“Yeah, if you can run fast enough. Lotsa times you can’t. Seen one crown fire jump across a river just like nothing. But it’s pretty quiet today.” He looked over at the bike. “You should be fine.”
Descending from the pass into Montana, the fires were still all around, and it seemed like each town had its own monster in the hills, waiting for the wind to change. They all had names, some straightforward (“Willie,” because Willie Nelson had sung the night before the fire started) and some incomprehensible (“Nosebag 22”). Late in the afternoon I pulled into a bar in the town of Potomac, reminiscent of home back East. The bartender was a Nez Perce lady talking intently with two guys down by the cooler. She approached as I settled onto the stool.
“What’s on tap?”
“Bud or Moose Drool.”
“Moose Drool. Absolutely.”
She brought the beer and returned to the conversation. I caught little bits of it as she shook her head. “…not good…doesn’t look good up there…”
I tried to get her attention. “Excuse me. Where are you saying doesn’t look good?”
She walked up to the bar and looked me in the eye.
“The way you’re headed.” She turned to go back. “Want another MD?”
“No, that’s okay. I’m good.”
This was Blackfoot River country, the striking landscape portrayed by Norman Maclean in A River Runs Through It. But in that fire season Montana was on edge. From my barstool in Potomac, I could see two separate towers of smoke on the horizon. Any little spark, from a motorcycle exhaust to a lightning strike, could set off a new windblown blaze that could take out a town. Montana’s a place where almost everyone is involved with the outdoors, and when much of that outdoors is off limits or with strict no-fires rules, people get cranky. The equivalent of an occupying army was in charge, with fire crews and National Guard units in place in a normally quiet land.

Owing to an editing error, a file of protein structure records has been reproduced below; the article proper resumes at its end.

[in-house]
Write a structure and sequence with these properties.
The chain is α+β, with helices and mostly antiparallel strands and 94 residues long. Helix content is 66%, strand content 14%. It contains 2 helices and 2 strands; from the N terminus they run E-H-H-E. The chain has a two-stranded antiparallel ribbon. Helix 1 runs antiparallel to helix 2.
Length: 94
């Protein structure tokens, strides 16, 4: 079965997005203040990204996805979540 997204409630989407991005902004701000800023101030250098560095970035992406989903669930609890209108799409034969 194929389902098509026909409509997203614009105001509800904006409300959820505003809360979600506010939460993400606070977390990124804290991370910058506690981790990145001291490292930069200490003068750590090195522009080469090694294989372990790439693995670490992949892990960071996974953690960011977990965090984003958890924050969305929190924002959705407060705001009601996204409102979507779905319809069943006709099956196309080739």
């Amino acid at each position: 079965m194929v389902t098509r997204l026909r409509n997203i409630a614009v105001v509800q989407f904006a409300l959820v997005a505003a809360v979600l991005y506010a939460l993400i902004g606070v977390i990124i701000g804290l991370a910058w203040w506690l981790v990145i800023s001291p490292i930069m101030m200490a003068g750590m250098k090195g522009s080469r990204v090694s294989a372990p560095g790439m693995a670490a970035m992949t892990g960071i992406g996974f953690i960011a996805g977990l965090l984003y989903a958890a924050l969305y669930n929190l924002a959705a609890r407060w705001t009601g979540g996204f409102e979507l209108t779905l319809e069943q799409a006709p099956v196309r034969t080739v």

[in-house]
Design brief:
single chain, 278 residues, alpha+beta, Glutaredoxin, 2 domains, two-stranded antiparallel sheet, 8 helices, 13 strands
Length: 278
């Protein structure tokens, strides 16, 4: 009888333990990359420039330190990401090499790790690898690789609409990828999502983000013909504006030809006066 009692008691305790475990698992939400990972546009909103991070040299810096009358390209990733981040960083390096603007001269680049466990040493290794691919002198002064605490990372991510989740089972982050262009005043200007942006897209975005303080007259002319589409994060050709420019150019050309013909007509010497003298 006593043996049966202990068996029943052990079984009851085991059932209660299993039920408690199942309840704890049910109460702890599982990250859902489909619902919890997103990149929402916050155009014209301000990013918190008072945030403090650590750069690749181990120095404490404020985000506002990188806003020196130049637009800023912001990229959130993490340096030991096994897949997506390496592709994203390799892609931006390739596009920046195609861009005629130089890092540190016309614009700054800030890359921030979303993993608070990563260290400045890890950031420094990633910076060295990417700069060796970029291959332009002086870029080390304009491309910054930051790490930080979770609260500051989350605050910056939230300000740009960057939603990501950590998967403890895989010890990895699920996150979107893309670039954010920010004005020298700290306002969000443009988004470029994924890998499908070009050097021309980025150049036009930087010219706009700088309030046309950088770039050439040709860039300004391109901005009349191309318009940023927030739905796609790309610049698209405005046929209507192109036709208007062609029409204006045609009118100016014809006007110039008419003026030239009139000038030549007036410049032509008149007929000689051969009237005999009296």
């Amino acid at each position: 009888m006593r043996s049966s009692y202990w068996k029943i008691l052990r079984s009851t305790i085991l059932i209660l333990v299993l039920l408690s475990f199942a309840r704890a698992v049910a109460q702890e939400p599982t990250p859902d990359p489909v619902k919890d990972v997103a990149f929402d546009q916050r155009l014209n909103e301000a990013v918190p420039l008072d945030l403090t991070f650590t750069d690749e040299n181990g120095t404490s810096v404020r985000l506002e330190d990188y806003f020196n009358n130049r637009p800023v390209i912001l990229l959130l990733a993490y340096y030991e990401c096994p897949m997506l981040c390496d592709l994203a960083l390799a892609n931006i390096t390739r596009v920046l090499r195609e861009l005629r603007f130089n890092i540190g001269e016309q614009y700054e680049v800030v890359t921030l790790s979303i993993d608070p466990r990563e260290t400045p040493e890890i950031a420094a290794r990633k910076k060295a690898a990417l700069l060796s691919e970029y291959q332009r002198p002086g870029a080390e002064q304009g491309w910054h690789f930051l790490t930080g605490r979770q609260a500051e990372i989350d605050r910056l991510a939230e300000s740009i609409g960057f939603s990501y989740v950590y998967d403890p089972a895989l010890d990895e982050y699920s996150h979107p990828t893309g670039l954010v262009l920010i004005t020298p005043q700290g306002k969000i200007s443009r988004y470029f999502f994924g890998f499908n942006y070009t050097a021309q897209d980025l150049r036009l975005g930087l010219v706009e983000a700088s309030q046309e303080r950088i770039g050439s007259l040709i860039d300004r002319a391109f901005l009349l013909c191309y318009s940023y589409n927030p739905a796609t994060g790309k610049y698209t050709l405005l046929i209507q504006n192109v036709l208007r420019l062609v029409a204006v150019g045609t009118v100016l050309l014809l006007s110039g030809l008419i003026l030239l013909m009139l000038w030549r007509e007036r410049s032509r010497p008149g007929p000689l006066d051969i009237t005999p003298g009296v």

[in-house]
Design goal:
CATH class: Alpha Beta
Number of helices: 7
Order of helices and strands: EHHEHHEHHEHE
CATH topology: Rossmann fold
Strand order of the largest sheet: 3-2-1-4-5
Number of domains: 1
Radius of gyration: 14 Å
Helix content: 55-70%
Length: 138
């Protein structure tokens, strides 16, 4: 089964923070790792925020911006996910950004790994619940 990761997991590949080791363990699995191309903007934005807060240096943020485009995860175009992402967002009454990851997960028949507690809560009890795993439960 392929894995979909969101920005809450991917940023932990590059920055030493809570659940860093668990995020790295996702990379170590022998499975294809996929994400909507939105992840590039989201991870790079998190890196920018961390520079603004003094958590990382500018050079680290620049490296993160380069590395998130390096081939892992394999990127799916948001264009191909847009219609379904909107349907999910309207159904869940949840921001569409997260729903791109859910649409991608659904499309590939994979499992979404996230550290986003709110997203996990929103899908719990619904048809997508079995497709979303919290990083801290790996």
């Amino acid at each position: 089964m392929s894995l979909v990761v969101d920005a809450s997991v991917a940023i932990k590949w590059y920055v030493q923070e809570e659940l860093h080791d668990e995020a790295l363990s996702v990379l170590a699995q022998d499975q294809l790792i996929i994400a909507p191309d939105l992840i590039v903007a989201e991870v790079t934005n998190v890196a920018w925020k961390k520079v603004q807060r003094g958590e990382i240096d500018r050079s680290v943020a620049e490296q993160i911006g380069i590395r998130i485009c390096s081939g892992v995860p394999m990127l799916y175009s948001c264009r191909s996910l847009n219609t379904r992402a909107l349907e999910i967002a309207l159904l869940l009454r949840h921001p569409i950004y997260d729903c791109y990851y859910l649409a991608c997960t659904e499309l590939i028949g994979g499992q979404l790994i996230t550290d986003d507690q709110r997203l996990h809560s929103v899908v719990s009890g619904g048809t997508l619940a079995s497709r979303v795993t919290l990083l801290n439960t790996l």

I turned into the Boulder Valley, a red and hazy place like the surface of Mars. A veil of smoke covered the land. My legs had nothing left by dinnertime, and I asked a rancher if I could camp next to his corral. He agreed, with a touch of reluctance and a familiar condition: no fires. Since I couldn’t light my stove in the tinder-dry conditions, dinner was a grand spread of granola bars. That night the wind blew the smoke away and the sky exploded in stars. The earth turned toward Sagittarius and the center of the galaxy, the brightest part of the Milky Way. Down the valley, only four lights were visible as far as I could see. I fell asleep listening to coyotes in the draw.
The next morning, I woke to the sound of water on the rain fly. The rancher’s dog was peeing on my tent. The day could only get better. As I was washing and packing the tent, a couple of cowboys were getting ready for a rodeo that day. They were in chaps and I was in bicycle shorts. They smirked at my outfit. Mamas, don’t let your babies grow up to wear spandex.